Sermon: The Hard Blessing In Egypt

Exodus 1:1-22

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1 Now these are the names of the children of Israel, which came into Egypt; every man and his household came with Jacob. 2 Reuben, Simeon, Levi, and Judah, 3 Issachar, Zebulun, and Benjamin, 4 Dan, and Naphtali, Gad, and Asher. 5 And all the souls that came out of the loins of Jacob were seventy souls: for Joseph was in Egypt already. 6 And Joseph died, and all his brethren, and all that generation. 7 And the children of Israel were fruitful, and increased abundantly, and multiplied, and waxed exceeding mighty; and the land was filled with them. 


8 Now there arose up a new king over Egypt, which knew not Joseph. 9 And he said unto his people, Behold, the people of the children of Israel are more and mightier than we: 10 Come on, let us deal wisely with them; lest they multiply, and it come to pass, that, when there falleth out any war, they join also unto our enemies, and fight against us, and so get them up out of the land. 11 Therefore they did set over them taskmasters to afflict them with their burdens. And they built for Pharaoh treasure cities, Pithom and Raamses. 12 But the more they afflicted them, the more they multiplied and grew. And they were grieved because of the children of Israel. 13 And the Egyptians made the children of Israel to serve with rigour: 14 And they made their lives bitter with hard bondage, in morter, and in brick, and in all manner of service in the field: all their service, wherein they made them serve, was with rigour.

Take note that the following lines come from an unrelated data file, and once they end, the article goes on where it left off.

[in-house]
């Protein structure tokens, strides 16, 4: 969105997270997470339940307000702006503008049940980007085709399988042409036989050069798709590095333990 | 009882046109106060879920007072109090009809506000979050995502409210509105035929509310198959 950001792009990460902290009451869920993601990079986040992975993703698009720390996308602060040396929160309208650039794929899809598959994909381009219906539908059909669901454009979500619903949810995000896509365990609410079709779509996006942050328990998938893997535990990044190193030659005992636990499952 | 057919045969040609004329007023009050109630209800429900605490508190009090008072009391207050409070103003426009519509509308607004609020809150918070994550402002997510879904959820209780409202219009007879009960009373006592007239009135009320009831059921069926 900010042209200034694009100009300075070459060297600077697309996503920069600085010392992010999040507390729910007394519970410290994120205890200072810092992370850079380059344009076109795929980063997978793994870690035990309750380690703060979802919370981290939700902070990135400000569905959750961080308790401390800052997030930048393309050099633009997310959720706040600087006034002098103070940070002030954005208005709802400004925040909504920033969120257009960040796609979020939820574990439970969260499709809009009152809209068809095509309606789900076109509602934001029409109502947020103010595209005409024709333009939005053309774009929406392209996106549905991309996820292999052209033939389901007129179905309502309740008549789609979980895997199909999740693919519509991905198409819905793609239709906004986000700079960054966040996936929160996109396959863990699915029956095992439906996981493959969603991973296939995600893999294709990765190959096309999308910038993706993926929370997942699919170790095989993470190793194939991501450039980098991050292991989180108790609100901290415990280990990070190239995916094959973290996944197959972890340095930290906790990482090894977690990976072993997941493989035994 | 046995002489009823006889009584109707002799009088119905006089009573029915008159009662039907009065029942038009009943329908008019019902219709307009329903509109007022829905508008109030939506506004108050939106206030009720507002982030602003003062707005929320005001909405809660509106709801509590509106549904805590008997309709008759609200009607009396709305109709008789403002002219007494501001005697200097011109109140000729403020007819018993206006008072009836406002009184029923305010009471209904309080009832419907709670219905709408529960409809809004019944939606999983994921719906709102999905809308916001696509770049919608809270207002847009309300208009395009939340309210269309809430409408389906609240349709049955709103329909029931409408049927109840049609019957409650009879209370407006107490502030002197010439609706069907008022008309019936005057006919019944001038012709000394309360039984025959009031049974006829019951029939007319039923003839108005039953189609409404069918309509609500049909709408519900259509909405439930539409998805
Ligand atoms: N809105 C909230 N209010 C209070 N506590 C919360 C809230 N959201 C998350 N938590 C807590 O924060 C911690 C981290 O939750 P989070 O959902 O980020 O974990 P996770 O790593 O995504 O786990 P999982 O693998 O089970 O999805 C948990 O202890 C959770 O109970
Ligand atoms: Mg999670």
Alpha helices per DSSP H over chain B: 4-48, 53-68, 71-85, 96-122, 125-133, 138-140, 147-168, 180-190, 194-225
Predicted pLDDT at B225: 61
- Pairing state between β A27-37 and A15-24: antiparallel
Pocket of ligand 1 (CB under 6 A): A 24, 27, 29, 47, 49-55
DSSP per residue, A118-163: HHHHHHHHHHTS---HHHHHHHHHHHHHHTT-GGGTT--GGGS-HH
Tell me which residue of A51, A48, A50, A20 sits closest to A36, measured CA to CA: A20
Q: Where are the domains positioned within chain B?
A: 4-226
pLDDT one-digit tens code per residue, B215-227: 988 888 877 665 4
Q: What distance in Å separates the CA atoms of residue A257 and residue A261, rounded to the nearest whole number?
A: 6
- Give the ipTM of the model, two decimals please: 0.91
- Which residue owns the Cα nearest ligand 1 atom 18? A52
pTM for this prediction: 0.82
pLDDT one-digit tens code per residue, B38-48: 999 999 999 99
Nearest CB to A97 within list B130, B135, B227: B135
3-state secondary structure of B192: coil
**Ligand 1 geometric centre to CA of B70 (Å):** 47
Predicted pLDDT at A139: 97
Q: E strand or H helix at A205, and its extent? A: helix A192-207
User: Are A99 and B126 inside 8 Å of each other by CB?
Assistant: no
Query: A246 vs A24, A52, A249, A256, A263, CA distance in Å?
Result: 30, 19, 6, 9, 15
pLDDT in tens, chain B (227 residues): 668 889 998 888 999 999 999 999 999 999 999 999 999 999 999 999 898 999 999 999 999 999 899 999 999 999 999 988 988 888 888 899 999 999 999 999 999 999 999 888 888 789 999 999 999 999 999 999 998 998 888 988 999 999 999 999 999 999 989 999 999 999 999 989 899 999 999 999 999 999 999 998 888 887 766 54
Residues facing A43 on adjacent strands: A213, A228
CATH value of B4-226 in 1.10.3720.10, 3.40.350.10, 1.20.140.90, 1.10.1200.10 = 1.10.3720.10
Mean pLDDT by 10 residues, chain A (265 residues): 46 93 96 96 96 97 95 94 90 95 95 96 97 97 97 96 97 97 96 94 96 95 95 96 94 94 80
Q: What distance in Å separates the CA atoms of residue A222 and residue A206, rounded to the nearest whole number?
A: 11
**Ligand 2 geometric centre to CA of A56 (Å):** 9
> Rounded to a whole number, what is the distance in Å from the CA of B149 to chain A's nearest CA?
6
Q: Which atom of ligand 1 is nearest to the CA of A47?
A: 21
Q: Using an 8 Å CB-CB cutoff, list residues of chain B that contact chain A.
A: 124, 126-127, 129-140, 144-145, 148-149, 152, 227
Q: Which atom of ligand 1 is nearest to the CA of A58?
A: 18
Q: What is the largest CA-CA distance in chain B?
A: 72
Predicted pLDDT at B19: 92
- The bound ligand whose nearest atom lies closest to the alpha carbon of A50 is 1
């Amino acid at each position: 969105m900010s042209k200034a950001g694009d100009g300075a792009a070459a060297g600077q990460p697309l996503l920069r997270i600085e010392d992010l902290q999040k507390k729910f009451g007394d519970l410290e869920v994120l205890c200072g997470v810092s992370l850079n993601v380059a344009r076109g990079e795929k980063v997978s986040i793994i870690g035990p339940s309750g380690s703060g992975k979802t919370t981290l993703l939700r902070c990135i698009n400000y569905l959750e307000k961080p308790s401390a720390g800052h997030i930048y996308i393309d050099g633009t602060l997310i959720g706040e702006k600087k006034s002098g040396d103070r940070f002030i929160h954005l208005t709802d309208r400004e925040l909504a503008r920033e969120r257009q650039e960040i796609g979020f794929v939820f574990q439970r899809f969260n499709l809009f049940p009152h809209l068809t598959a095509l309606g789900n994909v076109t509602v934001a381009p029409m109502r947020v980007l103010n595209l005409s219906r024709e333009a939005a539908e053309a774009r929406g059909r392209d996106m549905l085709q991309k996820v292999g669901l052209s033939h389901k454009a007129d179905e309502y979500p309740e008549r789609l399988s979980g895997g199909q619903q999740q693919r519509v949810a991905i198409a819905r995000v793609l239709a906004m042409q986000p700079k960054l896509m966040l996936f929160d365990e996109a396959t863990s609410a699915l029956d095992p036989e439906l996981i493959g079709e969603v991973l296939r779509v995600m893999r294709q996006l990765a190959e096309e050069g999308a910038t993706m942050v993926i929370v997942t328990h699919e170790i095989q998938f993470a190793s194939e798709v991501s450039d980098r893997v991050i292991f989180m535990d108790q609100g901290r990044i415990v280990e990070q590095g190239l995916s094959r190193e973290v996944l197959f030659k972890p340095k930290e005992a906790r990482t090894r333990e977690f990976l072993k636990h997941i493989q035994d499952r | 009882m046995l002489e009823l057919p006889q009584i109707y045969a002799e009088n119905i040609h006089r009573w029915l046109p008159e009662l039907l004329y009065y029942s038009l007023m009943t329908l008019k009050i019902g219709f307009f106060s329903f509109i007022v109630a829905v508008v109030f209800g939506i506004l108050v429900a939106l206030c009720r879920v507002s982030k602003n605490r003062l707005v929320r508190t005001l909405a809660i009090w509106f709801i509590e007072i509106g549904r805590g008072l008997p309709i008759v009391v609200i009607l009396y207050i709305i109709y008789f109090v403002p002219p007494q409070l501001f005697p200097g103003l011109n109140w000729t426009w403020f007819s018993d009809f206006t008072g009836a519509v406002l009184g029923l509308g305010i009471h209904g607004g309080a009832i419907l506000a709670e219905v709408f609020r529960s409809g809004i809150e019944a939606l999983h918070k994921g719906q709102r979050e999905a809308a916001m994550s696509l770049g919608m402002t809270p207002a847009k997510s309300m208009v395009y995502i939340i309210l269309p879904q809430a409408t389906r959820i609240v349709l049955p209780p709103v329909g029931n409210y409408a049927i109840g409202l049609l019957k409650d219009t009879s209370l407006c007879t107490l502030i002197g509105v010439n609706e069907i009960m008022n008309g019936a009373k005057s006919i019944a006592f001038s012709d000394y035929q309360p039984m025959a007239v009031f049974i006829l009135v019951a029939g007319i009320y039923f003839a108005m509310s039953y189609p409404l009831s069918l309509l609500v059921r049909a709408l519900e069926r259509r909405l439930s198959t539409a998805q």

15 And the king of Egypt spake to the Hebrew midwives, of which the name of the one was Shiphrah, and the name of the other Puah: 16 And he said, When ye do the office of a midwife to the Hebrew women, and see them upon the stools; if it be a son, then ye shall kill him: but if it be a daughter, then she shall live. 17 But the midwives feared God, and did not as the king of Egypt commanded them, but saved the men children alive. 18 And the king of Egypt called for the midwives, and said unto them, Why have ye done this thing, and have saved the men children alive? 19 And the midwives said unto Pharaoh, Because the Hebrew women are not as the Egyptian women; for they are lively, and are delivered ere the midwives come in unto them. 20 Therefore God dealt well with the midwives: and the people multiplied, and waxed very mighty. 21 And it came to pass, because the midwives feared God, that he made them houses. 22 And Pharaoh charged all his people, saying, Every son that is born ye shall cast into the river, and every daughter ye shall save alive.